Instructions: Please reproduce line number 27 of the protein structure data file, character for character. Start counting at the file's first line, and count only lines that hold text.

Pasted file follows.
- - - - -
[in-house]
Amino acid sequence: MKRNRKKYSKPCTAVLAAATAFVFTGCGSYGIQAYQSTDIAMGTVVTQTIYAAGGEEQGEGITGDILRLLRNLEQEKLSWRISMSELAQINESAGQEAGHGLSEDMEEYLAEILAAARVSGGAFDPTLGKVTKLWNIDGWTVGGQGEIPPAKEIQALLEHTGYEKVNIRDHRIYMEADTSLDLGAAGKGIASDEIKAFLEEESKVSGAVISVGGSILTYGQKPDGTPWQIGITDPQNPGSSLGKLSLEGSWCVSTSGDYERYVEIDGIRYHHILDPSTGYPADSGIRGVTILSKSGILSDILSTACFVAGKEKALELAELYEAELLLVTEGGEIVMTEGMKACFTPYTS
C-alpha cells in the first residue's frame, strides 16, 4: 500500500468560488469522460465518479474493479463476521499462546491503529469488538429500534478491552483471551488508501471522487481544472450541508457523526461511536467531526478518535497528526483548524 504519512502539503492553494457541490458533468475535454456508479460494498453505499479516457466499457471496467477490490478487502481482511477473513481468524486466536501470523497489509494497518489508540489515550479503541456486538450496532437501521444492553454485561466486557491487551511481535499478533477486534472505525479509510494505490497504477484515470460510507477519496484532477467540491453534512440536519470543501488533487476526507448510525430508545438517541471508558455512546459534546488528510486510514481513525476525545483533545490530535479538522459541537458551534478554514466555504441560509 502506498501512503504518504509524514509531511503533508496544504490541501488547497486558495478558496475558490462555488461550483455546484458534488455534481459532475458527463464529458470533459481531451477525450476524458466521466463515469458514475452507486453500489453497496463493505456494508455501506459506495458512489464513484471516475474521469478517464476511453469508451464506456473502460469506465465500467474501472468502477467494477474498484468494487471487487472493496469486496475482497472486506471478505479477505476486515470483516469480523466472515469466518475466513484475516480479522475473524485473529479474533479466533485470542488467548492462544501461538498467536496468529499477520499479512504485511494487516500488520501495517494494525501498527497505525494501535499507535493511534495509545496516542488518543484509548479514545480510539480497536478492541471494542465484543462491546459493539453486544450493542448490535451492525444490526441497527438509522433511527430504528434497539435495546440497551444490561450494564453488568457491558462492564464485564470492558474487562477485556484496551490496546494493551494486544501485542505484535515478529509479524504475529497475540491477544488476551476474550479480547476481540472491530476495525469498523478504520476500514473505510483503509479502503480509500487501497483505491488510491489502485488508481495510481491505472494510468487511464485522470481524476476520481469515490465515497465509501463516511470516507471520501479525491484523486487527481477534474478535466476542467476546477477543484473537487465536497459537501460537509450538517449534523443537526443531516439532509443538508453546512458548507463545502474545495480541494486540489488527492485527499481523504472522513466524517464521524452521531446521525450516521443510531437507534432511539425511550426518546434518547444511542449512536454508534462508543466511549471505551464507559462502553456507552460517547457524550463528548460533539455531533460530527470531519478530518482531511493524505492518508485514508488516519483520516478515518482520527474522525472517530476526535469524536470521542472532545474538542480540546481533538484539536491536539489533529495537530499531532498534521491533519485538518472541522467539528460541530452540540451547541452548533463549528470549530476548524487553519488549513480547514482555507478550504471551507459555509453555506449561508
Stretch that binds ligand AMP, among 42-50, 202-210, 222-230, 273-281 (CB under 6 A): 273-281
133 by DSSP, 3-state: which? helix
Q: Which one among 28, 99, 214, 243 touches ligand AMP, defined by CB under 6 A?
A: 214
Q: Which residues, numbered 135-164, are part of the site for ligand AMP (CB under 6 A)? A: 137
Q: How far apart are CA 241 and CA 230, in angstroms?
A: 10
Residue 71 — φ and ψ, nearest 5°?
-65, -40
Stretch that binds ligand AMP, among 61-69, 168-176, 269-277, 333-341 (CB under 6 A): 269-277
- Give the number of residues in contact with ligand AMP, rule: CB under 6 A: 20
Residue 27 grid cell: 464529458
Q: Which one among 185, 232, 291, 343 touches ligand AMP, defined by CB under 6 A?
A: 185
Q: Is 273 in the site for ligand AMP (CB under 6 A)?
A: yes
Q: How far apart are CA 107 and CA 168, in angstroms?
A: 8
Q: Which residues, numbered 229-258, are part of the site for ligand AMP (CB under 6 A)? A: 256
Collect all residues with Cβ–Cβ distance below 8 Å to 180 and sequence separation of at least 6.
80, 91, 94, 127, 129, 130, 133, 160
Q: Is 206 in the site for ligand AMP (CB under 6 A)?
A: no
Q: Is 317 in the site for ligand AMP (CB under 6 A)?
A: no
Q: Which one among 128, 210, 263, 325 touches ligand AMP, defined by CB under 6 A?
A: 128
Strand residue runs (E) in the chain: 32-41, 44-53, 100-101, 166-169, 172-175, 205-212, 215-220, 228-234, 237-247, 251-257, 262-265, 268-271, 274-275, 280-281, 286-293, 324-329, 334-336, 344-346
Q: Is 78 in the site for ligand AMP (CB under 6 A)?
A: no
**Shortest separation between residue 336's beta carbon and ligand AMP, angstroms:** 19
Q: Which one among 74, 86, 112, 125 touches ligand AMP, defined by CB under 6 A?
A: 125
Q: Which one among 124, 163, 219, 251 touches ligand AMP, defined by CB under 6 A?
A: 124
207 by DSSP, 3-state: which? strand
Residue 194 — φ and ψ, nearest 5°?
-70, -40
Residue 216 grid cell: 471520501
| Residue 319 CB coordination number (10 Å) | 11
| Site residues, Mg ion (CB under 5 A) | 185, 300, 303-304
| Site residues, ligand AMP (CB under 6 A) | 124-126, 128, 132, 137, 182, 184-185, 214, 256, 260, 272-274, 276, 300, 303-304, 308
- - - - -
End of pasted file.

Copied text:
Q: Is 317 in the site for ligand AMP (CB under 6 A)?